What you need to know about heat pumps
Heat pumps have been increasing in popularity over the last few years and for good reason. They have quickly become a way to make your home more comfortable all year long. Not to mention saving money on your energy bill and providing cleaner air for your family.
How does a heat pump work?
Heat pumps can heat your home in the winter and cool and dehumidify it in the summer which makes your home more comfortable and energy efficient all year round.
Think of a heat pump as being like your refrigerator but only in the reverse. Heat pumps transfer heat from one place to another. While your refrigerator transfers heat from inside the fridge to outside, (to keep the inside cool), a heat pump uses a small amount of energy to move heat that exists outside the house, to inside your home.
Even when it is really cold, there is heat available outside, which can be used to heat your home. This means that instead of generating heat from your electric baseboards, a heat pump can use electricity to provide more heat for less cost.
There are two parts of a heat pump – an inside unit and an outside unit – which work together as a system to transfer and distribute heat throughout your home.
Using your heat pump for cooling
In our climate we typically use heat pumps to heat our homes but, in the summer, they can be used to cool and dehumidify your house to make it more comfortable.
The cooling cycle reverses the heating process to transfer heat out of your home.
It’s important to remember that cooling your home does use energy, so be careful not to overuse this feature and decrease the energy savings you were expecting.
If your home does not require air conditioning, simply shut off your heat pump. As heat pumps still use electricity, use it only when needed for cooling and try other ways to keep your home cool. Closing your windows and curtains during the hottest parts of the day or planting leafy trees in front of your windows to provide natural shade are some easy ways to keep your home cool.
Types of heat pumps
Most heat pumps installed in New Brunswick are air source which means they transfer heat from the outside air. There are two main types of air-source heat pumps, ducted systems and ductless or “mini-split” systems.
Ducted systems use forced-air ducting to distribute heating and cooling whereas mini-splits do not require a forced-air system.
Ductless mini-split systems are generally more affordable than ducted systems and are currently the most popular choice of homeowners in New Brunswick because most homes do not have an existing warm air ducting system.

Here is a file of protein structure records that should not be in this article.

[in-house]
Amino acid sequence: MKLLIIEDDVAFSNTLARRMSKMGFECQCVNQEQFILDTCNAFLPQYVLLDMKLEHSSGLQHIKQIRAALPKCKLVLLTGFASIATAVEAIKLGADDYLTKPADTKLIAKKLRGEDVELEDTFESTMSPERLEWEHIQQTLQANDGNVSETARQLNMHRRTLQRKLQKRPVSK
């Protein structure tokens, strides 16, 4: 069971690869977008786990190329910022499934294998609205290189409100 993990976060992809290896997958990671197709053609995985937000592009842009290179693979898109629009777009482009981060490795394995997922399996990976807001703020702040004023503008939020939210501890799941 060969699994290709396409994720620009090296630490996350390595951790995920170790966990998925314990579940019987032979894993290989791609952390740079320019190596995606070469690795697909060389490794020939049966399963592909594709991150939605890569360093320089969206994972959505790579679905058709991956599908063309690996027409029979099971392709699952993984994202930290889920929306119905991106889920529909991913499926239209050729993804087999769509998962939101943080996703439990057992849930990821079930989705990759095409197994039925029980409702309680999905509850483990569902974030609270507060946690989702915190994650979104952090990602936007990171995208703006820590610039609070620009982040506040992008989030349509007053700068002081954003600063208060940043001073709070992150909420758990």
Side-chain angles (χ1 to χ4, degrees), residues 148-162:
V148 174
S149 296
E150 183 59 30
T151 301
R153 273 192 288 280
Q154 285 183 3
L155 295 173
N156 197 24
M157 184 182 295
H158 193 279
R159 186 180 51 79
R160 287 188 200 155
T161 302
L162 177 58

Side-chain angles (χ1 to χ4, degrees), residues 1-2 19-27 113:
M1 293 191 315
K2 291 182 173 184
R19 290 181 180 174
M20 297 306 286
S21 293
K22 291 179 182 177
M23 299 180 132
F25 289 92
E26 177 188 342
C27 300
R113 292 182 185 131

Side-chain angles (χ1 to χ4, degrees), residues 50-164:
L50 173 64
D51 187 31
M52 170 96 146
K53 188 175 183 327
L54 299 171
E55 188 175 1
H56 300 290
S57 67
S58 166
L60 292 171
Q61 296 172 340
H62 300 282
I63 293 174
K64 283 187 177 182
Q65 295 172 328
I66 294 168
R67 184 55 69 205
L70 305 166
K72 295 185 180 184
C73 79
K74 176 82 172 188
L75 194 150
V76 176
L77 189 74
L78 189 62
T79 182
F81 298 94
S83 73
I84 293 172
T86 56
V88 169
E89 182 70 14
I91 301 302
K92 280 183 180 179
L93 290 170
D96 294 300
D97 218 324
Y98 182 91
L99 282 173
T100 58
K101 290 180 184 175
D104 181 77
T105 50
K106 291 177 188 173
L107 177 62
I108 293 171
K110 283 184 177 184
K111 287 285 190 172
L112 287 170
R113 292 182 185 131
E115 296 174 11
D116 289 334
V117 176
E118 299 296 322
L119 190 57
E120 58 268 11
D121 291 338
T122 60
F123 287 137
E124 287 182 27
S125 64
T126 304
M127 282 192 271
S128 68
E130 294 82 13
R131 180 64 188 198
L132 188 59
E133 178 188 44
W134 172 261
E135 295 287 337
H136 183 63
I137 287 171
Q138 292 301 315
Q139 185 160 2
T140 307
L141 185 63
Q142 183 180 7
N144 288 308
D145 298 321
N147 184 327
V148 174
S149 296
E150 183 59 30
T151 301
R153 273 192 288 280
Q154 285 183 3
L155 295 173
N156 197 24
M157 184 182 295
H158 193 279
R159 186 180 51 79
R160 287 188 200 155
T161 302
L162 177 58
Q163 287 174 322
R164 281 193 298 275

How to maintain your heat pump for maximum efficiency
Most of the maintenance required for your heat pump can be done yourself with a step stool and hose attachment on your vacuum cleaner. You need to ensure the indoor unit is free of dust and dirt and the filters are kept clean. The outdoor unit should be free of tall grass, leaves and ice during the winter.
Every year you should hire a reputable contractor to inspect the operation of your heat pump. Although you should regularly clean the air filters of your device, over time dust will accumulate in the fan (blower wheel) and the coil of the indoor unit. This accumulation affects the efficiency of ventilation and the transfer of cold or heat from the indoor coil.
A heat pump can make your home more energy efficient and result in savings on your power bill. The actual savings in your home will depend on a number of factors, including the climate, the efficiency of your current system and the size and type of heat pump.
Visit here to learn more about heat pump savings and other efficiency home upgrades.
What are the benefits to installing a heat pump?
Heat pumps can result in savings on your power bill and will make your home more comfortable all year long.
Are heat pumps expensive?
The cost of a heat pump will depend on many factors and to learn more check out our Total Home Energy Savings Program.
How can I learn more?
Our Total Home Energy Savings Program is a great source of information on efficiency upgrades on everything from insulation and air-sealing to high efficiency central heating systems to windows, doors, and more.